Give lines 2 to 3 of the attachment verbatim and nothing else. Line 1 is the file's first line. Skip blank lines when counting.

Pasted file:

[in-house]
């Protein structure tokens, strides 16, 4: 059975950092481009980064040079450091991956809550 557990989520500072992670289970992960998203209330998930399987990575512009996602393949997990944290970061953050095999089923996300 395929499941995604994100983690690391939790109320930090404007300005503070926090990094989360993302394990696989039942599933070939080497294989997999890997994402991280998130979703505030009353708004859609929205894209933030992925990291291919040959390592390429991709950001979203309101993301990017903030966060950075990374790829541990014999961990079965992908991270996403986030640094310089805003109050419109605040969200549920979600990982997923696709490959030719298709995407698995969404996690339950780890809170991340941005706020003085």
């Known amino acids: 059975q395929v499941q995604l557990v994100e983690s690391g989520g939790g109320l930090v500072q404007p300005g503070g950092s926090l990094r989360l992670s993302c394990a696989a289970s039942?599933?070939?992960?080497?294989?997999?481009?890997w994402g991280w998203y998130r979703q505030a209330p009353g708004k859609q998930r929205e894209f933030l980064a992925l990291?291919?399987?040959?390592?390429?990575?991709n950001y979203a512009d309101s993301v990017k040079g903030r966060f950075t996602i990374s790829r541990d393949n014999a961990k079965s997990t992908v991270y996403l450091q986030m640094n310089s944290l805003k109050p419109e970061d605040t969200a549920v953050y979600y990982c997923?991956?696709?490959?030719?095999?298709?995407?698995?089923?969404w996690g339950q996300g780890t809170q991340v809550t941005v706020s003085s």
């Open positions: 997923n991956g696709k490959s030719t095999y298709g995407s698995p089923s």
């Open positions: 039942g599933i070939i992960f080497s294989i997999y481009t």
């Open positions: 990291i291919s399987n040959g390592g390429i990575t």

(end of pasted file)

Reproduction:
């Protein structure tokens, strides 16, 4: 059975950092481009980064040079450091991956809550 557990989520500072992670289970992960998203209330998930399987990575512009996602393949997990944290970061953050095999089923996300 395929499941995604994100983690690391939790109320930090404007300005503070926090990094989360993302394990696989039942599933070939080497294989997999890997994402991280998130979703505030009353708004859609929205894209933030992925990291291919040959390592390429991709950001979203309101993301990017903030966060950075990374790829541990014999961990079965992908991270996403986030640094310089805003109050419109605040969200549920979600990982997923696709490959030719298709995407698995969404996690339950780890809170991340941005706020003085």
């Known amino acids: 059975q395929v499941q995604l557990v994100e983690s690391g989520g939790g109320l930090v500072q404007p300005g503070g950092s926090l990094r989360l992670s993302c394990a696989a289970s039942?599933?070939?992960?080497?294989?997999?481009?890997w994402g991280w998203y998130r979703q505030a209330p009353g708004k859609q998930r929205e894209f933030l980064a992925l990291?291919?399987?040959?390592?390429?990575?991709n950001y979203a512009d309101s993301v990017k040079g903030r966060f950075t996602i990374s790829r541990d393949n014999a961990k079965s997990t992908v991270y996403l450091q986030m640094n310089s944290l805003k109050p419109e970061d605040t969200a549920v953050y979600y990982c997923?991956?696709?490959?030719?095999?298709?995407?698995?089923?969404w996690g339950q996300g780890t809170q991340v809550t941005v706020s003085s």